How to Rosin Your Bow
Have you ever grabbed a violin and bow off a sales counter, did your best Paganini impression, and found that you couldn’t make any sound? What was up with that?
That bow needed some rosin.
What is rosin?
Rosin is resin in solid form. When applied to the hairs of a bow, it gives the bow texture so that the bow can grab, or stick to, the strings and make them vibrate.
The darker the rosin, the stickier it is. Many players use light colored rosin for the tiny, delicate strings of a violin. However, darker, almost black rosin is used for the thicker, robust strings of a bass.
Ultimately, the color and stickiness of the rosin used is a personal preference.
Prepare your rosin
The solid-form rosin isn’t what sticks to your bow; the excess powder on the rosin is what sticks. Generally, you will need to scratch your rosin so that the powder is visible and can be applied to the bow. Some luthiers rub sandpaper on their rosin before sending it out.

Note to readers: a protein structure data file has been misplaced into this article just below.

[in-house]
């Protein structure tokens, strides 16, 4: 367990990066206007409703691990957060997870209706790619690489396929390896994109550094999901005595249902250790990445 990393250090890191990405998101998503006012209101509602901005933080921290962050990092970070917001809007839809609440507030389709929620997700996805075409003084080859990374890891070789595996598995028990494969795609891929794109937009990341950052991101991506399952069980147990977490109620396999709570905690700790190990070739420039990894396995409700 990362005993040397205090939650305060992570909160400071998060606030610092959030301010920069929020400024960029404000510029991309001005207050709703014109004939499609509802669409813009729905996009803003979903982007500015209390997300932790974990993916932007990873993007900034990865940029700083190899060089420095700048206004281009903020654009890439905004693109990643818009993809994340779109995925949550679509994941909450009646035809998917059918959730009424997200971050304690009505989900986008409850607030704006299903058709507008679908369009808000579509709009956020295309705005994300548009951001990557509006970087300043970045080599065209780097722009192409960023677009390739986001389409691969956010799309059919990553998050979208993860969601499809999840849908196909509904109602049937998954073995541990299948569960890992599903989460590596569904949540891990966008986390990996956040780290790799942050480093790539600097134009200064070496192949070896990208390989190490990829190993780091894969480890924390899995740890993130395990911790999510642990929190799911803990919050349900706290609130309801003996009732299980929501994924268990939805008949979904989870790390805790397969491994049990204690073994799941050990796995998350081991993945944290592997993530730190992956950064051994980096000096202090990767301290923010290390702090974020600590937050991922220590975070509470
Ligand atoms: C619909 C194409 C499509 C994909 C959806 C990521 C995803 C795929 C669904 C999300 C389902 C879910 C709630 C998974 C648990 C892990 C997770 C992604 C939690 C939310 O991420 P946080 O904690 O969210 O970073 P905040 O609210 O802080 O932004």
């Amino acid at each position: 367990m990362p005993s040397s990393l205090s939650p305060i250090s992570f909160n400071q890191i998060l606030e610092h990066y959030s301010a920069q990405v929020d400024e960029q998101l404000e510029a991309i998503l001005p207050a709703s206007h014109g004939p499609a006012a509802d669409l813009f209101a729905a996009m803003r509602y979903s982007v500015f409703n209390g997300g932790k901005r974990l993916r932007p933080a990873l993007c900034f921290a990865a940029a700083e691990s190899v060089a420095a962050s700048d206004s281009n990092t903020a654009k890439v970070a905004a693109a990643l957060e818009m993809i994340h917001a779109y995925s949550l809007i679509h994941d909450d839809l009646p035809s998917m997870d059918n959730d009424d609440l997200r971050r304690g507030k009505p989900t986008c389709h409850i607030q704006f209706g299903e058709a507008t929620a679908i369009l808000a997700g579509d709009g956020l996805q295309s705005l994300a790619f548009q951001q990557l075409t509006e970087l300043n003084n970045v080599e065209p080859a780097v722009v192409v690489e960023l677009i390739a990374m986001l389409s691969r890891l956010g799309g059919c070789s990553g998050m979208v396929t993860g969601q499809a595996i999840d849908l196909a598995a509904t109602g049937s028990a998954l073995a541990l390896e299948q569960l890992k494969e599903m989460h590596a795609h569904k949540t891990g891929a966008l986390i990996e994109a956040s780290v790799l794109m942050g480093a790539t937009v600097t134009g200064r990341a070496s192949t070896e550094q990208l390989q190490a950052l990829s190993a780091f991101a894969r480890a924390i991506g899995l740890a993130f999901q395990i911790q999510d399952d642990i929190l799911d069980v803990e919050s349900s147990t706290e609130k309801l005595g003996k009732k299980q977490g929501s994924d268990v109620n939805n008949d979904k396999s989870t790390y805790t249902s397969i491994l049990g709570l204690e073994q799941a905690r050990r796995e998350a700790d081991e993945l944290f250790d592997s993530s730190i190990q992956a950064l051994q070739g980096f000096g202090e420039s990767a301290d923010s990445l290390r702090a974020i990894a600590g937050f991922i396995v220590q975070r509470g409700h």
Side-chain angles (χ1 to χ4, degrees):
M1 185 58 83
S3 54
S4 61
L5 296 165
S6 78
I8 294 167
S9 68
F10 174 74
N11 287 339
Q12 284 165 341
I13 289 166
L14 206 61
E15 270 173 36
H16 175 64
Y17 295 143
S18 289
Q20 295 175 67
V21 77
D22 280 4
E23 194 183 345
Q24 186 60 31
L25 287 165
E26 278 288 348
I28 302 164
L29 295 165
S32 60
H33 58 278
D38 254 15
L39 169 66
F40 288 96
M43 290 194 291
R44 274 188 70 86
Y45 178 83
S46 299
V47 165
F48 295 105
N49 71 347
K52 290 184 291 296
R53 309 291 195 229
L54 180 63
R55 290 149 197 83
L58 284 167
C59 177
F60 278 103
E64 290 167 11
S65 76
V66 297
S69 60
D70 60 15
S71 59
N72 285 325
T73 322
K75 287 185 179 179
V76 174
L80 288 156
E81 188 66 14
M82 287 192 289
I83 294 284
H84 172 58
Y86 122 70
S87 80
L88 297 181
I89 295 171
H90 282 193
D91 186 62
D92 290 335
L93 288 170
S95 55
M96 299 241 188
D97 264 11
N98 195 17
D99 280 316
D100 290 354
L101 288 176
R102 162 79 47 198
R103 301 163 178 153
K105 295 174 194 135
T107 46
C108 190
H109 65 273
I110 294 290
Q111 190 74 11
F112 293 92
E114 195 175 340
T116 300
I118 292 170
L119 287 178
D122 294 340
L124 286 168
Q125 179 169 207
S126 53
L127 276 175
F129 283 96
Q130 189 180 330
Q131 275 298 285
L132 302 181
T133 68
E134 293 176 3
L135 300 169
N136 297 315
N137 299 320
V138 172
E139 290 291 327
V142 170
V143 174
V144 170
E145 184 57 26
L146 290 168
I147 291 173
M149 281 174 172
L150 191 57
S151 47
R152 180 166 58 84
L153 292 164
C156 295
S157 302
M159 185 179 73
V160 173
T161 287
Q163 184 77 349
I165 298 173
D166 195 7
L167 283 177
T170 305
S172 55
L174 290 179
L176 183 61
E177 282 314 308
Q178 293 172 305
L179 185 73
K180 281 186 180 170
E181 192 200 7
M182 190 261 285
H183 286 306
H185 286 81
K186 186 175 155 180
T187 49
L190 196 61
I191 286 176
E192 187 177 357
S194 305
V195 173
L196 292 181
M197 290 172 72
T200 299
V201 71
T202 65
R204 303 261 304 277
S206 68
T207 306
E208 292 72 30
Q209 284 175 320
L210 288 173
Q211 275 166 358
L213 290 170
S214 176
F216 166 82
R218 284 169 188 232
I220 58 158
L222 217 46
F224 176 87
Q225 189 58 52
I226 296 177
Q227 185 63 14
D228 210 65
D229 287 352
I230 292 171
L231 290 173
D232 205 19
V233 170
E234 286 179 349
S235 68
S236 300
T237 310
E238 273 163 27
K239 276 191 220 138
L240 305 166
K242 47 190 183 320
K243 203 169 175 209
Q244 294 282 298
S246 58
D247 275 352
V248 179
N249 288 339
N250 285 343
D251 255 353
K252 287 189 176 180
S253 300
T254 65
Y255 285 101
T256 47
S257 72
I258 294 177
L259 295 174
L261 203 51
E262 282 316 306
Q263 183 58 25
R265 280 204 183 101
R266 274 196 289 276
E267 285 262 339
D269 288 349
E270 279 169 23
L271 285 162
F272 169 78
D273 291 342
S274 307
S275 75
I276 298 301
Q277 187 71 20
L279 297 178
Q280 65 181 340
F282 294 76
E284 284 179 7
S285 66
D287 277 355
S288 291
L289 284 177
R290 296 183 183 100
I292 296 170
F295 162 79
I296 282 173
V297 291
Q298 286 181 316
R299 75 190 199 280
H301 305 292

Remember, not all rosins are made equal. Neither are all bows. Check with your instructor or director to see how they prefer you prepare your rosin.
Rosin your bow
- Hold rosin in your dominant hand, bow in the other with the bow hair facing you.
- Rest your thumb on the bottom of the frog (the metal piece at the end of the bow that you hold). This will keep you from scrubbing the metal with rosin.
- Rub rosin on the bow, gliding it across the hair a few times, until rosin covers all of the hair. The rosin will make the bow look a little discolored when enough is on. The bottom and top of the bow will need a bit more rosin, give it a couple more run-overs.
- Rosin every time you play, or once a day if you play more than once.
The larger the instrument, the more rosin it will need.
Need more rosin? Visit our stores in Champaign, Normal, and Springfield to stock up on all of your band and orchestra accessories!